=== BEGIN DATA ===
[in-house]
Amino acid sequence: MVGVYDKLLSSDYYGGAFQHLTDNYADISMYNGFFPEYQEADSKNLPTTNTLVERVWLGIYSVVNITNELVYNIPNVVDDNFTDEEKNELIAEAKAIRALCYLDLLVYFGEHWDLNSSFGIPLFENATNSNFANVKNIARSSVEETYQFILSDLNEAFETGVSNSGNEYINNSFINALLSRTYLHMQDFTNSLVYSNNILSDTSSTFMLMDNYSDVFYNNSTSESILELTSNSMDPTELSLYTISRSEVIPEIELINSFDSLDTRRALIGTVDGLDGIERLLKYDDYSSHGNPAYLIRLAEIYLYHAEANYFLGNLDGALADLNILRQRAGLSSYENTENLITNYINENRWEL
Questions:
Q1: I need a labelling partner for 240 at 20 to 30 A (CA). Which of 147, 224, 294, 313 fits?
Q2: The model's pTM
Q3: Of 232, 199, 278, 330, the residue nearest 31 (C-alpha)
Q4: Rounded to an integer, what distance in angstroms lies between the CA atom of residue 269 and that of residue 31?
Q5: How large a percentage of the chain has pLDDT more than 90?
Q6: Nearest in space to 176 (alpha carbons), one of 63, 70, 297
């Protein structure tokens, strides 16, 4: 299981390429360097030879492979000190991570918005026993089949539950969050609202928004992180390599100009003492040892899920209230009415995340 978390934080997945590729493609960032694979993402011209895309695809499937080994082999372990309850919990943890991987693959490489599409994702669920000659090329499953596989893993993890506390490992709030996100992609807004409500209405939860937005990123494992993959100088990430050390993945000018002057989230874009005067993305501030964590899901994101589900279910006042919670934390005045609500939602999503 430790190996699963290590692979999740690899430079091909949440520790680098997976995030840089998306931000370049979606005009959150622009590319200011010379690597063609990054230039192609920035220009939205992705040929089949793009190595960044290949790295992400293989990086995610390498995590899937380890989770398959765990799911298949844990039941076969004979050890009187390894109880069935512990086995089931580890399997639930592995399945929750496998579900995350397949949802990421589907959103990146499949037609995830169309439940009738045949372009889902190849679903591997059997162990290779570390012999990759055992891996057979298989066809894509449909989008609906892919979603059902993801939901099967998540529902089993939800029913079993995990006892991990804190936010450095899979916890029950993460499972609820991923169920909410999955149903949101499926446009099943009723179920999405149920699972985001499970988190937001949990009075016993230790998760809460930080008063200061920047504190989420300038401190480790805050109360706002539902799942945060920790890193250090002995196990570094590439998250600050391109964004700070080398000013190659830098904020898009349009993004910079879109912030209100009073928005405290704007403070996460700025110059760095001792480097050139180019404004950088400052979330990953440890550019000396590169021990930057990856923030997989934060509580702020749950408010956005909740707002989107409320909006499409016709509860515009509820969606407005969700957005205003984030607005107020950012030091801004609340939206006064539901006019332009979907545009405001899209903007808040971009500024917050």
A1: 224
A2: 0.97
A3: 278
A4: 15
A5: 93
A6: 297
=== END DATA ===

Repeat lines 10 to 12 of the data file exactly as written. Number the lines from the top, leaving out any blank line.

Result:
């Protein structure tokens, strides 16, 4: 299981390429360097030879492979000190991570918005026993089949539950969050609202928004992180390599100009003492040892899920209230009415995340 978390934080997945590729493609960032694979993402011209895309695809499937080994082999372990309850919990943890991987693959490489599409994702669920000659090329499953596989893993993890506390490992709030996100992609807004409500209405939860937005990123494992993959100088990430050390993945000018002057989230874009005067993305501030964590899901994101589900279910006042919670934390005045609500939602999503 430790190996699963290590692979999740690899430079091909949440520790680098997976995030840089998306931000370049979606005009959150622009590319200011010379690597063609990054230039192609920035220009939205992705040929089949793009190595960044290949790295992400293989990086995610390498995590899937380890989770398959765990799911298949844990039941076969004979050890009187390894109880069935512990086995089931580890399997639930592995399945929750496998579900995350397949949802990421589907959103990146499949037609995830169309439940009738045949372009889902190849679903591997059997162990290779570390012999990759055992891996057979298989066809894509449909989008609906892919979603059902993801939901099967998540529902089993939800029913079993995990006892991990804190936010450095899979916890029950993460499972609820991923169920909410999955149903949101499926446009099943009723179920999405149920699972985001499970988190937001949990009075016993230790998760809460930080008063200061920047504190989420300038401190480790805050109360706002539902799942945060920790890193250090002995196990570094590439998250600050391109964004700070080398000013190659830098904020898009349009993004910079879109912030209100009073928005405290704007403070996460700025110059760095001792480097050139180019404004950088400052979330990953440890550019000396590169021990930057990856923030997989934060509580702020749950408010956005909740707002989107409320909006499409016709509860515009509820969606407005969700957005205003984030607005107020950012030091801004609340939206006064539901006019332009979907545009405001899209903007808040971009500024917050």
A1: 224
A2: 0.97